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I know it’s not magic, but to me the experience is magical.

My dining room gets awesome afternoon sun, and is where I have my little propagation station set up right now. I use a variety of jars and bottles for propagation, pretty much anything that will hold water and properly support the cuttings (i.e. I don’t use a tiny jar for a big cutting).

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My favorite plant by far to propagate is Tradescantia, sometimes known as spiderwort. I have propagated various varitities of this plant, including Tradescantia ‘zebrina’ (Wandering Jew Zebrina), Tradescantia ‘green and white’ (a green and white variegated Wandering Jew), and Bolivian Wandering Jew (Callisia Repens). I have had great luck with getting all three varieties to root in water. Many times, I have taken cuttings off my Wandering Jew Zebrina, have water propagated the cuttings, and have given friends these cuttings once they’ve rooted.

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Once, I tried propagating Tradescantia cuttings in soil only. They did not do well like this, and the stems ended up rotting out.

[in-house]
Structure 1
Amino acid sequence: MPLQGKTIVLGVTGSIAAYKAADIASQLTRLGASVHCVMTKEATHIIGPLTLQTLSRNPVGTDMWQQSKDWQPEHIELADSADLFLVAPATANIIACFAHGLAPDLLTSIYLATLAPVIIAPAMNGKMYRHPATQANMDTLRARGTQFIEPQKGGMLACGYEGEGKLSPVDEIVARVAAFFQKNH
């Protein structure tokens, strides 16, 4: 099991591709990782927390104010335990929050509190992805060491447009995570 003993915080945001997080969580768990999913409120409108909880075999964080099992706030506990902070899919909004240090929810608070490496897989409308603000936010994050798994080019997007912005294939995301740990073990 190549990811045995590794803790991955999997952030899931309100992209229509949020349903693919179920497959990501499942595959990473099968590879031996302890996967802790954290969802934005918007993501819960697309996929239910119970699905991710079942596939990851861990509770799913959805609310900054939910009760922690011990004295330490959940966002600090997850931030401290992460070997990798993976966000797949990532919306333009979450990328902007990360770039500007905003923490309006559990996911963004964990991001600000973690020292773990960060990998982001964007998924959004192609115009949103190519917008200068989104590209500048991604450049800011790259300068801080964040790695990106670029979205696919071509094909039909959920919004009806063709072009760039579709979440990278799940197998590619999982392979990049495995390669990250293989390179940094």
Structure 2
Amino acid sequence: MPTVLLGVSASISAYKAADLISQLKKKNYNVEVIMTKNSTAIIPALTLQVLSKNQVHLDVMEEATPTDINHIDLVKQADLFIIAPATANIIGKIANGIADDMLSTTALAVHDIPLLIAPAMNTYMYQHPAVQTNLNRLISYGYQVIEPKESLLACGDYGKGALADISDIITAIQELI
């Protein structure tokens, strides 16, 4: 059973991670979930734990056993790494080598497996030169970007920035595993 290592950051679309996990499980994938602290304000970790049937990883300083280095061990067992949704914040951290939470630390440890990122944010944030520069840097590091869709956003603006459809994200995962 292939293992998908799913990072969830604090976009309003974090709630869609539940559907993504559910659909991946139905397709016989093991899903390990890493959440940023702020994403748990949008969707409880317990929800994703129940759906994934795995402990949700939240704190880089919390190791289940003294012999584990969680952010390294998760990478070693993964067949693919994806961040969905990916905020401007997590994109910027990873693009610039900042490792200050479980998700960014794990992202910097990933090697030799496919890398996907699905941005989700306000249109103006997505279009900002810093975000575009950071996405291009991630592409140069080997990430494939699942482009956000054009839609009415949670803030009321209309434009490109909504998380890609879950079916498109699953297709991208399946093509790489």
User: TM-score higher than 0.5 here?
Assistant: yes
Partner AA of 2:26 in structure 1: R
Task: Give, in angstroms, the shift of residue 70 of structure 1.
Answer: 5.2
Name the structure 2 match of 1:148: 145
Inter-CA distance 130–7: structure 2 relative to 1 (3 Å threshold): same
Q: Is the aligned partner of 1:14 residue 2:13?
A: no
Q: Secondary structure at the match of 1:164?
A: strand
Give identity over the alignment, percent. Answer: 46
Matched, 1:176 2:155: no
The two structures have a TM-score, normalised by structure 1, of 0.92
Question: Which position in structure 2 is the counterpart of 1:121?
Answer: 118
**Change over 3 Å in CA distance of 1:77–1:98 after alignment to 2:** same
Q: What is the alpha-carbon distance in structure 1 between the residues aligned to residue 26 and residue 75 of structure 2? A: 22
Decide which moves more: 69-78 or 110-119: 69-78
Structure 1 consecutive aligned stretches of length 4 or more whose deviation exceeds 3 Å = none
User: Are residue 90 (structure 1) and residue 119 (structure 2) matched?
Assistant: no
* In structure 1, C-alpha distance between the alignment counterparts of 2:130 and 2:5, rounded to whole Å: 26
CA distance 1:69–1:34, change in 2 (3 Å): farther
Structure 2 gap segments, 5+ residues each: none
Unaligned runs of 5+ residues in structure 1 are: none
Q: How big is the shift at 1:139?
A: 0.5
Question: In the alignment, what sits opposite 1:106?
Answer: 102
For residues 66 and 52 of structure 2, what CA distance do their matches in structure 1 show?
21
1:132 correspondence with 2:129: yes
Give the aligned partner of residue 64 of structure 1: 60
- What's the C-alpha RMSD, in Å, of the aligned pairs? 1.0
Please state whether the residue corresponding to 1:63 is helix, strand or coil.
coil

Another easy plant to propagate is Pothos. I have experimented with propagating several different varieties of Pothos, including Golden Pothos and Marble Pothos. These have done very well for me when I place them in water. In a matter of days, I notice little roots pushing out of the nodes on their stem and in what seems like no time at all, they are ready to place in soil.

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Other plants that I have successfully rooted in water include Ficus benjamina, Syngonium, and Philodendron (although I should say that I have tried multiple varieties and only my Philodendron ‘brasil’ has rooted).